File Now, Pay Later
The United States Patent and Trademark Office (“USPTO”) is considering a proposal which would make a change to missing parts practice in nonprovisional applications. The proposed change, if adopted, would somewhat extend the existing 12 month decision-making time provided by a provisional application to 24-months. The proposal would benefit applicants by giving them additional time to determine if patent protection should be sought – enabling them to defer additional fees and enabling applicants to focus efforts on commercialization during this expanded provisional period.
Currently applicants have a one-year period from the filing date of a provisional application to file a corresponding nonprovisional application in order to claim the benefit of the provisional application. The proposed change would not alter this requirement, but instead would provide applicants with more time to reply to a missing parts notice in a nonprovisional application that claims the benefit of a provisional application. A missing parts notice is typically issued when a nonprovisional application is filed without complete payment of the required fees and/or with an unsigned inventor’s declaration.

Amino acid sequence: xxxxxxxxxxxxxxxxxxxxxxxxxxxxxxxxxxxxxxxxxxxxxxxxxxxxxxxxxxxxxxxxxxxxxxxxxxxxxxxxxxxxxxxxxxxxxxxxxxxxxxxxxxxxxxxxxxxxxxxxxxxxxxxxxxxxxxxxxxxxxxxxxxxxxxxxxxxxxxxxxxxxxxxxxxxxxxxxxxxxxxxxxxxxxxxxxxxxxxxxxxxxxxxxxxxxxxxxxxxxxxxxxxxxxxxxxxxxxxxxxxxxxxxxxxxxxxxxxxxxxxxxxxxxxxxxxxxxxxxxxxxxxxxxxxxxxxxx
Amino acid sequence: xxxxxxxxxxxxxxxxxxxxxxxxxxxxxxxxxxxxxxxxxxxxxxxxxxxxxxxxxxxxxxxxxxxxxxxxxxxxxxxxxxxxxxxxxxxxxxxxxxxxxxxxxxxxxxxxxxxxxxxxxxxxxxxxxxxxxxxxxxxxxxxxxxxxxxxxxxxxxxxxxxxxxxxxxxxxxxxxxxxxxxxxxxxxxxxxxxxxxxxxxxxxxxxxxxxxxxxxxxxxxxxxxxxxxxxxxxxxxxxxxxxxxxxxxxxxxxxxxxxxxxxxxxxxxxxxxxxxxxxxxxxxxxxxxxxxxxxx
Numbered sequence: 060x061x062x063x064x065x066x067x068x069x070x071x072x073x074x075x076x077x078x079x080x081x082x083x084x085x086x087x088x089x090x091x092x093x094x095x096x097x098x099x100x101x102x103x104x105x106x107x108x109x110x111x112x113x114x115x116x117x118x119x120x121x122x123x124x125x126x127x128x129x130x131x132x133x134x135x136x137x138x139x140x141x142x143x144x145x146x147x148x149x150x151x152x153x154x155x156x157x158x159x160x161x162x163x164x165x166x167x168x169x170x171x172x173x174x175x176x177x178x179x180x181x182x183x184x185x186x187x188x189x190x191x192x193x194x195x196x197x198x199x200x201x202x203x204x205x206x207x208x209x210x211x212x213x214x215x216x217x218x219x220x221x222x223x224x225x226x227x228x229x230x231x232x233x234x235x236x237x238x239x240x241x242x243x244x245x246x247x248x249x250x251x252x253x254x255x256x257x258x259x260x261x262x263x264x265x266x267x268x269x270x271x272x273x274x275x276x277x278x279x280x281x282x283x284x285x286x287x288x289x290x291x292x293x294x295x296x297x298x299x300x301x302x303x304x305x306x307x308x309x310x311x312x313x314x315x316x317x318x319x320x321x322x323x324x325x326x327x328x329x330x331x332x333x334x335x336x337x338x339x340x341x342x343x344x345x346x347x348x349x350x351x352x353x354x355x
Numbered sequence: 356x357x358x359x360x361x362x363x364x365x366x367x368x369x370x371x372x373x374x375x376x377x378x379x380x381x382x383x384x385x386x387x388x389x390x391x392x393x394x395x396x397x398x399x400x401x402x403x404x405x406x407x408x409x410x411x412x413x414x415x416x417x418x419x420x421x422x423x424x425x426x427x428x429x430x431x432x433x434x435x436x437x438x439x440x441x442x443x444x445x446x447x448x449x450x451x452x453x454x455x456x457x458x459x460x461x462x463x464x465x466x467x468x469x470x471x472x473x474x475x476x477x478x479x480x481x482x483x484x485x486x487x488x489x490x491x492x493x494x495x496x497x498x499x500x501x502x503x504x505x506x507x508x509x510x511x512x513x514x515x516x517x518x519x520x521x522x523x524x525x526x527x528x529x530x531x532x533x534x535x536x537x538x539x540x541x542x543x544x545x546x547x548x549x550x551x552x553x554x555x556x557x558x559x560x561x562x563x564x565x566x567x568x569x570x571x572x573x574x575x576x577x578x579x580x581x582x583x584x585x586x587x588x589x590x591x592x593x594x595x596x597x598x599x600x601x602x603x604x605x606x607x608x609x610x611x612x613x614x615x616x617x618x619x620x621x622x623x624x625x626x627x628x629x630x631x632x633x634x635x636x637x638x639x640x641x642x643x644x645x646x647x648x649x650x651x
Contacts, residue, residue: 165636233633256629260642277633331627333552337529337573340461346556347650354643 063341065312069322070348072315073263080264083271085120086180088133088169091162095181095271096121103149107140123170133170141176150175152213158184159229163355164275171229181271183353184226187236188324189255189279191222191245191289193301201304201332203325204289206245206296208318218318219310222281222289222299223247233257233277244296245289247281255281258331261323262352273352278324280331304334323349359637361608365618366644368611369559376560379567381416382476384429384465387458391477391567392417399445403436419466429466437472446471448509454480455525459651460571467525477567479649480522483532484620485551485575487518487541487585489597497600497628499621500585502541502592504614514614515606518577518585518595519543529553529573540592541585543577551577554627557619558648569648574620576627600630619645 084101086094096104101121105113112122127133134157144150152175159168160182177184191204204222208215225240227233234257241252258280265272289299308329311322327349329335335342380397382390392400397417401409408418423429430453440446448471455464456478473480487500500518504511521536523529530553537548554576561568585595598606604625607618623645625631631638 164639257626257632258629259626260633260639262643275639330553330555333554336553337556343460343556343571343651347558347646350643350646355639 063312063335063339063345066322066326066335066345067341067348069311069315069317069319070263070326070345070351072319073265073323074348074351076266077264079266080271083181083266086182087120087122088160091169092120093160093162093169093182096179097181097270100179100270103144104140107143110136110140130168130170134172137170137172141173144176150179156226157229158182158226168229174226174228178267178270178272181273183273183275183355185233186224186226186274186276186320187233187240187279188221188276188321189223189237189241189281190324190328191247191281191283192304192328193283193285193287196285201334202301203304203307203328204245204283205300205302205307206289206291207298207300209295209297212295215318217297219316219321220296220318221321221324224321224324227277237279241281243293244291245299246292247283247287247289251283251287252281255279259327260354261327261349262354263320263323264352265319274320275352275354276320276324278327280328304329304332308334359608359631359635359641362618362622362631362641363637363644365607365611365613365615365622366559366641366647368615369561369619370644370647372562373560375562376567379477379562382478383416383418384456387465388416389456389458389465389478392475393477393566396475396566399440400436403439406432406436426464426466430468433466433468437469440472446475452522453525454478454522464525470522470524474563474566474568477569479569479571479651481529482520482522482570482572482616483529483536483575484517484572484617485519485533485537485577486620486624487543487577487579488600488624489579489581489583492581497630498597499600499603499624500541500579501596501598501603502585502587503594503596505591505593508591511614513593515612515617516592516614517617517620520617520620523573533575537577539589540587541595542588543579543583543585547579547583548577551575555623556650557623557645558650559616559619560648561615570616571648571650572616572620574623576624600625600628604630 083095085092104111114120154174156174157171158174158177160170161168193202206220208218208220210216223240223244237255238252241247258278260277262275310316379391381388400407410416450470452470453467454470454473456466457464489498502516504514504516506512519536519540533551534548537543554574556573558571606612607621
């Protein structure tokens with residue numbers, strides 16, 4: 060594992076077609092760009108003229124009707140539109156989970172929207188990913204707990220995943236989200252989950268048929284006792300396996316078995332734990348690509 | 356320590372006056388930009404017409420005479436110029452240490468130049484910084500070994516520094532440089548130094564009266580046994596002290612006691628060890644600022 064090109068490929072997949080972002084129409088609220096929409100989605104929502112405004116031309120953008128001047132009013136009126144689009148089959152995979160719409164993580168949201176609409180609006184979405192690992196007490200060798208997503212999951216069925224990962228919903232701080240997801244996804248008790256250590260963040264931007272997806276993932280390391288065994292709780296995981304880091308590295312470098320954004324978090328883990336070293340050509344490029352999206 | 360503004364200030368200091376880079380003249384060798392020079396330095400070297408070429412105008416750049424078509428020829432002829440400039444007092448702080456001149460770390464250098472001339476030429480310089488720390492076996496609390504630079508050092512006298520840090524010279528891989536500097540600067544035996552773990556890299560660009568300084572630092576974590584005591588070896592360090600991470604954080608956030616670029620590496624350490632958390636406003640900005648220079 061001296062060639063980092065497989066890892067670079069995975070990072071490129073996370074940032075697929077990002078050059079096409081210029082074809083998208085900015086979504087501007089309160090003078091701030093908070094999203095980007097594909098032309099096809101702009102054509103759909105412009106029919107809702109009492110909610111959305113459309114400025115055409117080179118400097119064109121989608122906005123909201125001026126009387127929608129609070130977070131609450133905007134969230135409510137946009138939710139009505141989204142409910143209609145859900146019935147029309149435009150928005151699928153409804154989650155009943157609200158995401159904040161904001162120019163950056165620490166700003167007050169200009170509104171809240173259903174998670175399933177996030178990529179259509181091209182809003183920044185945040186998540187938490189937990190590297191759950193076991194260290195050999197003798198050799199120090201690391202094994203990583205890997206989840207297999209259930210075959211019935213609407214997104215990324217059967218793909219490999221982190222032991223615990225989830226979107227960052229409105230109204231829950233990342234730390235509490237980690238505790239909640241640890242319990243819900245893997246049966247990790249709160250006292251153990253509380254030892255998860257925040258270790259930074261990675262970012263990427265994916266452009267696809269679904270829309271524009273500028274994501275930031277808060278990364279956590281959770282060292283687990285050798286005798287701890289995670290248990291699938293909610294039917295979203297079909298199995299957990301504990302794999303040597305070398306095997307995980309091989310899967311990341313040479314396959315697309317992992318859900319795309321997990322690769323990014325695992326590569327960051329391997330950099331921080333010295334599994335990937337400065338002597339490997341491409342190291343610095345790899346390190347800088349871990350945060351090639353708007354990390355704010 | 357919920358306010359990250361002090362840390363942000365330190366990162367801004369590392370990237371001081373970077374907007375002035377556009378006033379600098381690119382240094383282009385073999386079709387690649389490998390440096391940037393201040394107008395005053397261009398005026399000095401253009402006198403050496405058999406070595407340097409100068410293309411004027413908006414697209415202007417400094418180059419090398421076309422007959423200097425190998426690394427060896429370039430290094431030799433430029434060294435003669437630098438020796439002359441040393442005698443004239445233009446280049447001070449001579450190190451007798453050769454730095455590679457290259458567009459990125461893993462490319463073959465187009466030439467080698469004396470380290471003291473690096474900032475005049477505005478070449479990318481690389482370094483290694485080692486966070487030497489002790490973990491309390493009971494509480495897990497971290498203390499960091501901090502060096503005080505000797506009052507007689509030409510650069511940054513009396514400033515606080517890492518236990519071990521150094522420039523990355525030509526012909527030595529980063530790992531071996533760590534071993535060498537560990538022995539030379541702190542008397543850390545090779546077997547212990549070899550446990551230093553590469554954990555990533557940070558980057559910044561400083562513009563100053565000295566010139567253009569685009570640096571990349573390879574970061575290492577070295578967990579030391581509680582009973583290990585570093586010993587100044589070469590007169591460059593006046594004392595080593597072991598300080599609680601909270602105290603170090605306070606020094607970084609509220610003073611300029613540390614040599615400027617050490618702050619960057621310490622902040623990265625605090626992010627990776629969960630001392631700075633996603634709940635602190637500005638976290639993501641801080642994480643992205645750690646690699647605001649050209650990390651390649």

Under the proposal, applicants would be permitted to file a nonprovisional application with at least one claim within the 12-month statutory period after the provisional application was filed, pay the basic filing fee, and submit an executed oath or declaration. In addition, the nonprovisional application would need to be in condition for publication and applicant would not be able to file a nonpublication request. Applicants would be given a 12-month period to decide whether to pay the required surcharge and the additional required fees.
Most notably, the USPTO proposal does not allow an applicant to defer the legal costs incurred in preparing a nonprovisional application. Applicants would still be required to make a decision whether or not to incur those costs and file their nonprovisional application prior to the 12 month window.
The USPTO is currently accepting comments on its proposal before considering it for implementation. A copy of the USPTO Notice is available here.